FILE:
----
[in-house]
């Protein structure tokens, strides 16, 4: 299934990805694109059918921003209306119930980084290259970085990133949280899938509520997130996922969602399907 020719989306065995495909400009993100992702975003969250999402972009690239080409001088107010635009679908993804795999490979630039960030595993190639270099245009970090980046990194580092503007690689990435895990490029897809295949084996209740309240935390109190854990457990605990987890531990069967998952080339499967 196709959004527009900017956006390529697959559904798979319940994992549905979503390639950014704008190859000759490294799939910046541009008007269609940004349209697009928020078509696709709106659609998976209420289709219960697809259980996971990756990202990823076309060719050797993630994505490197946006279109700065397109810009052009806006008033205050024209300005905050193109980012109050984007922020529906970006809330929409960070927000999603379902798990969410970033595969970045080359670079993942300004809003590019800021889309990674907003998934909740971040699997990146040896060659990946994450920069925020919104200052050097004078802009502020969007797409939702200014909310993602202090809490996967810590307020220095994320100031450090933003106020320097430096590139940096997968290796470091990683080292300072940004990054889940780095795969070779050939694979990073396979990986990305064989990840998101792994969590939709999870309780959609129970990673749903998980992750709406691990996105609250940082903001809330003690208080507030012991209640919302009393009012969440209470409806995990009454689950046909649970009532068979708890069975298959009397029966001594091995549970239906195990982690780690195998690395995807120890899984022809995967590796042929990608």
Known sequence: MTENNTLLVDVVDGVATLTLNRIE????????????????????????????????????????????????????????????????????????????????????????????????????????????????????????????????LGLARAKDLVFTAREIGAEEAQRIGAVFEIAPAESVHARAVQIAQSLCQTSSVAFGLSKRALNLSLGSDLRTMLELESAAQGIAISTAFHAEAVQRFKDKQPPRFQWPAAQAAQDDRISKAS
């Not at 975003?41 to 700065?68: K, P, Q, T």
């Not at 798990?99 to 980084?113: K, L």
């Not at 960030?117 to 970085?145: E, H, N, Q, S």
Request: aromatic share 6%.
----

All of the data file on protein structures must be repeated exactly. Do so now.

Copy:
[in-house]
């Protein structure tokens, strides 16, 4: 299934990805694109059918921003209306119930980084290259970085990133949280899938509520997130996922969602399907 020719989306065995495909400009993100992702975003969250999402972009690239080409001088107010635009679908993804795999490979630039960030595993190639270099245009970090980046990194580092503007690689990435895990490029897809295949084996209740309240935390109190854990457990605990987890531990069967998952080339499967 196709959004527009900017956006390529697959559904798979319940994992549905979503390639950014704008190859000759490294799939910046541009008007269609940004349209697009928020078509696709709106659609998976209420289709219960697809259980996971990756990202990823076309060719050797993630994505490197946006279109700065397109810009052009806006008033205050024209300005905050193109980012109050984007922020529906970006809330929409960070927000999603379902798990969410970033595969970045080359670079993942300004809003590019800021889309990674907003998934909740971040699997990146040896060659990946994450920069925020919104200052050097004078802009502020969007797409939702200014909310993602202090809490996967810590307020220095994320100031450090933003106020320097430096590139940096997968290796470091990683080292300072940004990054889940780095795969070779050939694979990073396979990986990305064989990840998101792994969590939709999870309780959609129970990673749903998980992750709406691990996105609250940082903001809330003690208080507030012991209640919302009393009012969440209470409806995990009454689950046909649970009532068979708890069975298959009397029966001594091995549970239906195990982690780690195998690395995807120890899984022809995967590796042929990608």
Known sequence: MTENNTLLVDVVDGVATLTLNRIE????????????????????????????????????????????????????????????????????????????????????????????????????????????????????????????????LGLARAKDLVFTAREIGAEEAQRIGAVFEIAPAESVHARAVQIAQSLCQTSSVAFGLSKRALNLSLGSDLRTMLELESAAQGIAISTAFHAEAVQRFKDKQPPRFQWPAAQAAQDDRISKAS
């Not at 975003?41 to 700065?68: K, P, Q, T």
């Not at 798990?99 to 980084?113: K, L």
């Not at 960030?117 to 970085?145: E, H, N, Q, S």
Request: aromatic share 6%.